Despite grim predictions that the credit crunch would choke off the economy’s biggest engine — consumption — people have indeed been spending again.
After $1.4 trillion of cuts on unused credit card lines in 2008 and 2009, and a 3% drop in overall consumer credit, to $2.4 trillion (auto loans are the biggest piece of the pie), real personal consumption continued to climb out of a deep trough in the first two months of this year, according to the Commerce Department.
In a report last month, Dean Maki, the head of U.S. economics research at Barclays Capital Inc., declared that “deleveraging is overrated,” and pointed out that spending also rebounded ahead of credit in previous cycles (see charts) as wages and salaries rose.
An important factor likely to boost consumption this year, Maki wrote, is a recalibration of expenditures in response to the recovery in stock market wealth after the rally last year. (In 2009, household net worth increased 5%, to $54 trillion, according to the Federal Reserve — regaining about a fifth of the ground lost the previous year — as holdings of stock and mutual fund shares jumped 30%.)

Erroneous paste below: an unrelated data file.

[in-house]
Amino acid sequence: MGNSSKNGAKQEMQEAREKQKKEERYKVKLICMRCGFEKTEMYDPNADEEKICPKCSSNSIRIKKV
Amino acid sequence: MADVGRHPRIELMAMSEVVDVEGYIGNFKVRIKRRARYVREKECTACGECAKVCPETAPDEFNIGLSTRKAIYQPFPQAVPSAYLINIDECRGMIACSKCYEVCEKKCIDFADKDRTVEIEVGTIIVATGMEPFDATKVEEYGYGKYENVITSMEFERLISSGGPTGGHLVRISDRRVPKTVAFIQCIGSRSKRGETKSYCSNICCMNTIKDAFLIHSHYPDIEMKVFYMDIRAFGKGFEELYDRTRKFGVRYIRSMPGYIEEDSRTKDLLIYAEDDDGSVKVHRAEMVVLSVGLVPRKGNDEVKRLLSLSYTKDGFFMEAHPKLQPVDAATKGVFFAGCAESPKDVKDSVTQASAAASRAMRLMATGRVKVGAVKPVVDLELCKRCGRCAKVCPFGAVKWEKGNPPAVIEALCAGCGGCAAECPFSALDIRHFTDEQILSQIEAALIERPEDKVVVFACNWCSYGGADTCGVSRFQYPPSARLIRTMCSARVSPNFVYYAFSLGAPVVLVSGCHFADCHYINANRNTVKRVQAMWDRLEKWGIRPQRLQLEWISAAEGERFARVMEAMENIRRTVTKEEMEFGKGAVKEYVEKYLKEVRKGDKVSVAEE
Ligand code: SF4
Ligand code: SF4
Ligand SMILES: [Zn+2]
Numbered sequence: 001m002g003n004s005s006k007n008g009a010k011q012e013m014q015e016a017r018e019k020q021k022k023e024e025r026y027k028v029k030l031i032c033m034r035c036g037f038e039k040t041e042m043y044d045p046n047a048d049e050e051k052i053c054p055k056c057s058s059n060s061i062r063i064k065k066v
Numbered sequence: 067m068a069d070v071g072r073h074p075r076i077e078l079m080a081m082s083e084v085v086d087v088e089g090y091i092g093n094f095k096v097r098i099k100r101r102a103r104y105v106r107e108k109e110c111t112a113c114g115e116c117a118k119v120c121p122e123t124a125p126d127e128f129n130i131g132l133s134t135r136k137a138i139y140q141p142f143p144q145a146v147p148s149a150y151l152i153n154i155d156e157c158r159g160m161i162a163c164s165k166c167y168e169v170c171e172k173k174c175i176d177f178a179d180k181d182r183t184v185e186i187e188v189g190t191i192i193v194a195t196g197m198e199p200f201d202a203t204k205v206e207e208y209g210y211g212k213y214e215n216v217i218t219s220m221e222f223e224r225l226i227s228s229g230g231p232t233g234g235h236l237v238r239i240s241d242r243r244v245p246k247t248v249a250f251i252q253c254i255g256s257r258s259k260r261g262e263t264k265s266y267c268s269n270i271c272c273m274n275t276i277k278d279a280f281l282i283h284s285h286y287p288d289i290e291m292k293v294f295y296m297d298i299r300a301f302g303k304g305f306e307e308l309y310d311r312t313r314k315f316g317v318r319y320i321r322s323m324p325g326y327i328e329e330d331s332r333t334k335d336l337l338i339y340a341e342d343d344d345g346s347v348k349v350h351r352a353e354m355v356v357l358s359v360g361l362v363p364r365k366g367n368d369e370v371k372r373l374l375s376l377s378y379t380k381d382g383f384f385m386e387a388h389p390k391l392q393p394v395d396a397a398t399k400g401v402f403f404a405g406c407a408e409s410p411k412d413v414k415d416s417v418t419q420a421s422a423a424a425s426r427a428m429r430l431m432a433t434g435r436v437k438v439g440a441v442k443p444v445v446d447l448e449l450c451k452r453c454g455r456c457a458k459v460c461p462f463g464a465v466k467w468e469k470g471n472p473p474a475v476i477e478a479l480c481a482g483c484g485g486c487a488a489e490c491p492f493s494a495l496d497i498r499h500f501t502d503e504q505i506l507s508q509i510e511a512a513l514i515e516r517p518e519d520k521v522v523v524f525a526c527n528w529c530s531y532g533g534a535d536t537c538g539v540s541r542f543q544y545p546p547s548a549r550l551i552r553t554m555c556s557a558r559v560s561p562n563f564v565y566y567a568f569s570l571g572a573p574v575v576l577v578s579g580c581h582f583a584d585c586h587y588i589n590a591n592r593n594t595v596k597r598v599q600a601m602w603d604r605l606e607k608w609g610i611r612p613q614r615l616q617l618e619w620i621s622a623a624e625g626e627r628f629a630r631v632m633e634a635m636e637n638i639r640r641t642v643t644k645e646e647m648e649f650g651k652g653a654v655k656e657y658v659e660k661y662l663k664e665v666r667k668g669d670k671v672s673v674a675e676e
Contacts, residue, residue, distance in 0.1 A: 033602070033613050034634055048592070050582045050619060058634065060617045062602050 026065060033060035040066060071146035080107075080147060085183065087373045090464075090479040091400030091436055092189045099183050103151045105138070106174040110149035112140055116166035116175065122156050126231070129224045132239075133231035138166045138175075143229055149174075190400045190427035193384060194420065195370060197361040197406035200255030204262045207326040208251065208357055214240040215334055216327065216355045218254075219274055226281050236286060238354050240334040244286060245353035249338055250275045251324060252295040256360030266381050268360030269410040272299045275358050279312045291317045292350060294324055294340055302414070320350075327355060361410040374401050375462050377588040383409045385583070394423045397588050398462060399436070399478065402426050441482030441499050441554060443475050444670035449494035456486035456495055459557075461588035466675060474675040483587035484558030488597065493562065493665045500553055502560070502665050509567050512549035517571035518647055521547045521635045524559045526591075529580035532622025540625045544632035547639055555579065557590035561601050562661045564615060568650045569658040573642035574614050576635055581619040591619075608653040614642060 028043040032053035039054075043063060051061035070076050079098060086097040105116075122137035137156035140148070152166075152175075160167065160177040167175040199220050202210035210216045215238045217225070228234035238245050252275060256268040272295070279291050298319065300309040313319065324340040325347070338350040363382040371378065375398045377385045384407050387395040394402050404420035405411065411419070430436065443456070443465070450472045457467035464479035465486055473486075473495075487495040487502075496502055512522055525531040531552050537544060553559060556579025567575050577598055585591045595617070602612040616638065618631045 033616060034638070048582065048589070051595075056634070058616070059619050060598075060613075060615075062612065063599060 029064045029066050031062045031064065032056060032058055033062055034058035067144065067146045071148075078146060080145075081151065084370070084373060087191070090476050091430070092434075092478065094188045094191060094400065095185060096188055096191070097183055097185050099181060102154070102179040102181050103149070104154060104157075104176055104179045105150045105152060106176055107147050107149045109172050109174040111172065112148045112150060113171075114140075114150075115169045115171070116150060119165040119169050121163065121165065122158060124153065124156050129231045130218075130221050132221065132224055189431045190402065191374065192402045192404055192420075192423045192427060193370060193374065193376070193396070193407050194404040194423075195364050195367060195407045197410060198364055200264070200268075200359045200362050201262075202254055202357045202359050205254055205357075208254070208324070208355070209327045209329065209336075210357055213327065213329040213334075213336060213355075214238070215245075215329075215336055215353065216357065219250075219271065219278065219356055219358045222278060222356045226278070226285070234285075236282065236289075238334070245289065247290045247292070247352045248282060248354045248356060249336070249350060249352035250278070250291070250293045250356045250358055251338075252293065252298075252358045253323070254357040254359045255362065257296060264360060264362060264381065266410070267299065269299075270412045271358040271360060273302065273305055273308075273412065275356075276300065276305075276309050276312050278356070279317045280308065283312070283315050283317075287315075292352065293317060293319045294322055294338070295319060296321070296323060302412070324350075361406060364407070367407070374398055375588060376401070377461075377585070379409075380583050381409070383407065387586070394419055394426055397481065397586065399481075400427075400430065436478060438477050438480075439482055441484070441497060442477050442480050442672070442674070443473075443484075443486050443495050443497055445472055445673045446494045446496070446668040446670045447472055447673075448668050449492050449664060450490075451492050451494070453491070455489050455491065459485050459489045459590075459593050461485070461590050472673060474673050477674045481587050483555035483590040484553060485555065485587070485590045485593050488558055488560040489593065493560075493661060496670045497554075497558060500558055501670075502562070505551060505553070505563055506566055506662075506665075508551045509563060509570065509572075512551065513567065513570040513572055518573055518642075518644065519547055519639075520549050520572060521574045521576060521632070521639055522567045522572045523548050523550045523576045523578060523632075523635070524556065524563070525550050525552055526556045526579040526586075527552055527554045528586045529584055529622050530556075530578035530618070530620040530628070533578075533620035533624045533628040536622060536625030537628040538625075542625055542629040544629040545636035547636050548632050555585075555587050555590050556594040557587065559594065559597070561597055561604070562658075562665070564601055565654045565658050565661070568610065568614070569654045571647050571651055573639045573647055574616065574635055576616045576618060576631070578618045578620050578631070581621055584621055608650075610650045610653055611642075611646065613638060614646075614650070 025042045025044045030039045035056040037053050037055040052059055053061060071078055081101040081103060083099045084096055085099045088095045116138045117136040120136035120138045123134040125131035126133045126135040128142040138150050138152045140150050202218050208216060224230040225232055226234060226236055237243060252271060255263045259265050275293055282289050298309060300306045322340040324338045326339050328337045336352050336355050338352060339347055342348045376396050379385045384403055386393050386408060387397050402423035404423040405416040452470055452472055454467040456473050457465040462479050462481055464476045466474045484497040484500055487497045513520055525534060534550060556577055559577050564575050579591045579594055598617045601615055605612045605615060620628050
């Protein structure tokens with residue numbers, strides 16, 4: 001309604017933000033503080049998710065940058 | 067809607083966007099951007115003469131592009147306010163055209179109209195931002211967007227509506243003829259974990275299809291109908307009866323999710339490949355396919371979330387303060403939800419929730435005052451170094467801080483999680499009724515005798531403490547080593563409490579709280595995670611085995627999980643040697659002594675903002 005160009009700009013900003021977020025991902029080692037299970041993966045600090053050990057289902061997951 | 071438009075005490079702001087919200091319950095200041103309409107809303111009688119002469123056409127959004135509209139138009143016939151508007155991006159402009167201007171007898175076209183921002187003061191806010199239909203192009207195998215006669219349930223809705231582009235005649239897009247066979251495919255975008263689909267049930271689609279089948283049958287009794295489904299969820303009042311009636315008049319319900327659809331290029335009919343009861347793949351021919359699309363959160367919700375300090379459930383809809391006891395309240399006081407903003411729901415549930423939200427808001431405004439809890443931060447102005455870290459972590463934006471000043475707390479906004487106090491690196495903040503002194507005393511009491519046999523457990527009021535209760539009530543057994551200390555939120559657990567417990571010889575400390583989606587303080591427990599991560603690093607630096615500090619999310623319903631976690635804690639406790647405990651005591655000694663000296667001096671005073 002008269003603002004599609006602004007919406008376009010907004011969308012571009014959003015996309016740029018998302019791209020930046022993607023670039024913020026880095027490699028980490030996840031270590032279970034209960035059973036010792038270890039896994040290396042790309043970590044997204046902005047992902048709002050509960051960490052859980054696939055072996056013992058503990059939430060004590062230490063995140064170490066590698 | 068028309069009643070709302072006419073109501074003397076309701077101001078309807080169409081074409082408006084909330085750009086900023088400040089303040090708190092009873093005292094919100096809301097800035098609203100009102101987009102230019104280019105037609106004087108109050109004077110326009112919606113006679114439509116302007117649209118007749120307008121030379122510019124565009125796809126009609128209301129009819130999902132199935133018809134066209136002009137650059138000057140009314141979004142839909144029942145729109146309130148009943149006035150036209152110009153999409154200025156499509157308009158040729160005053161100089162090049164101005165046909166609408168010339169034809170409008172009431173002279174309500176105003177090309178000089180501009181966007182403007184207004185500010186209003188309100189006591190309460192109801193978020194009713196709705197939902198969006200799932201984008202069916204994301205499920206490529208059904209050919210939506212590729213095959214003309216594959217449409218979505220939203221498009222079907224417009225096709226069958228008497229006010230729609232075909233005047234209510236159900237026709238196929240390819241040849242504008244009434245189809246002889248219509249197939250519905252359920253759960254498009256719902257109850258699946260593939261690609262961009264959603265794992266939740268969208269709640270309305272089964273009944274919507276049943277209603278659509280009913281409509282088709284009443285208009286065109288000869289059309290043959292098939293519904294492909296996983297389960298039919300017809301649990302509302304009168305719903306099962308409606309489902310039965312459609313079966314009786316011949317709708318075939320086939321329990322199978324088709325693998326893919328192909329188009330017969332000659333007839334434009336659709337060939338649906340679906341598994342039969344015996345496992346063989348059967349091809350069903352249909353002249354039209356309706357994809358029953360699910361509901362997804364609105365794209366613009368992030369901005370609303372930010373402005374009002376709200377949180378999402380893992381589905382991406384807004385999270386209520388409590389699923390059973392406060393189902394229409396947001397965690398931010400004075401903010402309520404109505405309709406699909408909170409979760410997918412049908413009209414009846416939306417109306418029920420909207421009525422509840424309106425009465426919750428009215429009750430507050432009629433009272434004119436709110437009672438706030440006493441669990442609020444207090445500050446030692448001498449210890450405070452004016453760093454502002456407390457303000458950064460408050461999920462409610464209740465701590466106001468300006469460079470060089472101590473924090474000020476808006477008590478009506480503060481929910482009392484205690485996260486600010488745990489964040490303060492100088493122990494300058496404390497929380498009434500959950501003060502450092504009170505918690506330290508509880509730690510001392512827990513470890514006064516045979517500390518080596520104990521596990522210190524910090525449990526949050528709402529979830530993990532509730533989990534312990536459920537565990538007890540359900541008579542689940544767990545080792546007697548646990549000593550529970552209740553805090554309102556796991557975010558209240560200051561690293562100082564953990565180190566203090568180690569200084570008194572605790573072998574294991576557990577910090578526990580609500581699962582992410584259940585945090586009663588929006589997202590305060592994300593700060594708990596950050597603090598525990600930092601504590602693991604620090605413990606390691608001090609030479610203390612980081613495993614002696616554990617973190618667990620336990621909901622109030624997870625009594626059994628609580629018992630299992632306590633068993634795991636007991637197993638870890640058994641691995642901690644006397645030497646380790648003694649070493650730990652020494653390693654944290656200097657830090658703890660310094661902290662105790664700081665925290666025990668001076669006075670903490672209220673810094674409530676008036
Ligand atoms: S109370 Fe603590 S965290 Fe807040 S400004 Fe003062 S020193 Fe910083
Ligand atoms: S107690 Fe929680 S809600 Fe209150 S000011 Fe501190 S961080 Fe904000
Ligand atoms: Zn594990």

In a similar vein, economists at JPMorgan Chase & Co. have argued that consumption can grow “at a reasonable pace” even as households deleverage. An important element of their view is that surging borrowing in the 2000s was mostly a “housing story,” with the additional mortgage debt being used to finance more homeowners and higher home prices, while growth in consumer spending roughly tracked with growth in disposable income. (Now, defaults are wiping out a large chunk of the mortgage burden.)
Still, credit constraints are widely believed to be imposing a drag on growth. Moreover, considerable damage to household balance sheets remains, the psychological shock of the recession may drive savings higher yet, and the direction of spending will principally hinge on whether improvement in the labor market replaces the fading impact of stimulus measures on personal incomes.
In a report this month, Maki wrote that the pace of growth in consumption is “unlikely to return soon” to levels posted in the middle of the decade, when gains in real estate values combined with rising stock prices to fuel spending.